Date of Completion
Microplastics, Filtrate, Optical Analysis, Hot Pin Method, sea salt
The researchers performed a quantitative-descriptive research design that aims to detect the presence of microplastics within the samples and classify and quantify the found microplastics based on its morphology. To perform the study, the required salt samples were collected and filtered, and the retrieved filtrate was subjected to optical analysis following various rules and protocols. A particle’s identity was confirmed through the hot pin method, a confirmatory test that checks if a particle is a microplastic or not. After performing the research procedures, it was found out that all replicates have microplastic particles within it. Fragments are the most abundant microplastic particle out of all the replicates, followed by fibers. Upon MP abundance calculation, it was determined that Central market yielded the least pure replicates having a mean abundance of 66 MPs/100 g of sea salt while DBB A-1 Wet and Dry Market had the purest replicates containing only 14.33 MPs/100 g of sea salt. All the samples had a total mean microplastic abundance of 37.56 MPs/100 g of sea salt which is a significant amount. It is highly recommended for the future researchers to venture more on this type of study, increase the number of replicates that would be examined, improve the study by means of using more advanced equipment, and seek the help of professionals.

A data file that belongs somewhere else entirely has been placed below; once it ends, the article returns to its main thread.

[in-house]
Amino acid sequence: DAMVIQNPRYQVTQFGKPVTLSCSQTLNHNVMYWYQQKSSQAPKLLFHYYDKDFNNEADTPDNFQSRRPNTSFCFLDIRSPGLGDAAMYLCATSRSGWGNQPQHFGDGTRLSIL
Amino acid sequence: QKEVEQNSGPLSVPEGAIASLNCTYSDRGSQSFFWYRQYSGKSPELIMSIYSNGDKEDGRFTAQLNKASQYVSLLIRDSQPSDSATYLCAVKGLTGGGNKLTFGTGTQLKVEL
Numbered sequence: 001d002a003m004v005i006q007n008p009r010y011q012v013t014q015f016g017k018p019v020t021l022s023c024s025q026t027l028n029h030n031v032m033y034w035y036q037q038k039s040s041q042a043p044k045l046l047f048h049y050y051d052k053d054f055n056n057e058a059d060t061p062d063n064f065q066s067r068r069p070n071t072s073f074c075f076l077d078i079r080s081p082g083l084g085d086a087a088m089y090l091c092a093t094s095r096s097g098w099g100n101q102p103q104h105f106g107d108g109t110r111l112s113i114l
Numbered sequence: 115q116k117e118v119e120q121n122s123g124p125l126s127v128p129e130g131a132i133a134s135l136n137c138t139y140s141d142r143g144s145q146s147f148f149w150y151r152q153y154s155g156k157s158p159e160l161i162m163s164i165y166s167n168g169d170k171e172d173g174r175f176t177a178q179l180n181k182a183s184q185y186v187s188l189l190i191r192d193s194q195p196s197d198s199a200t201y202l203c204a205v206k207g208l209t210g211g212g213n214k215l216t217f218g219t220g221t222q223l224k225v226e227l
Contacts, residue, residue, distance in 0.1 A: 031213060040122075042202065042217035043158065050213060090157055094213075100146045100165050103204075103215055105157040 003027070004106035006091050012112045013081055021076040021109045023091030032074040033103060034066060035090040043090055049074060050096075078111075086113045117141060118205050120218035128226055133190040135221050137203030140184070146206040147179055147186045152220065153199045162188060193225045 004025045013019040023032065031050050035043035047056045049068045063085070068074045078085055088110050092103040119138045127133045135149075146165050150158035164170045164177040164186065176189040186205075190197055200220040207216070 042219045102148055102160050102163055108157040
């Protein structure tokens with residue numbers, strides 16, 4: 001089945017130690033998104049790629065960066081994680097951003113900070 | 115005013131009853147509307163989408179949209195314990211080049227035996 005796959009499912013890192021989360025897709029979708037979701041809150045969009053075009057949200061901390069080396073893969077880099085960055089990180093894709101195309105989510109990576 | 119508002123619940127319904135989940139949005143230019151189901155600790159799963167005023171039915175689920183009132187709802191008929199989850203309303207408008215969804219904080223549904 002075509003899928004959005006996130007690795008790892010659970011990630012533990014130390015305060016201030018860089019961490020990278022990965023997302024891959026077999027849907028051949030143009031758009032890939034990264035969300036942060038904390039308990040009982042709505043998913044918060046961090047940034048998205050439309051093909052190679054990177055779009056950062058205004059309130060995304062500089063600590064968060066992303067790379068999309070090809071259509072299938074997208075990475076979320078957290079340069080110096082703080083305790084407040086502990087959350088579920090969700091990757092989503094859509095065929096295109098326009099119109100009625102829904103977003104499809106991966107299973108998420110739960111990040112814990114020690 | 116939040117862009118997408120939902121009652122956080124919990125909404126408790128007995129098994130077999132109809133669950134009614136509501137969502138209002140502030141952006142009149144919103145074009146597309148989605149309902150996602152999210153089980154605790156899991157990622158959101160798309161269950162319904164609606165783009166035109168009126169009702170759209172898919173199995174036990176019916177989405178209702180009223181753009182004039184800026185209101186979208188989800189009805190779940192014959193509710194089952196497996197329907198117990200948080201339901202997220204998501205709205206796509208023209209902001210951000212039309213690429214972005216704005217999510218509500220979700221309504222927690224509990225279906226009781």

Myra Michelle M. Mojica
Besana, A. S., Bosch, K. U., Madlangbayan, M. D., Palo, A. B., & Silades, I. C. (2019, July). Detection and identification of microplastics in sea salt products sold at Dasmarinas City wet markets. GreenPrints. https://greenprints.dlshsi.edu.ph/grade_12/37/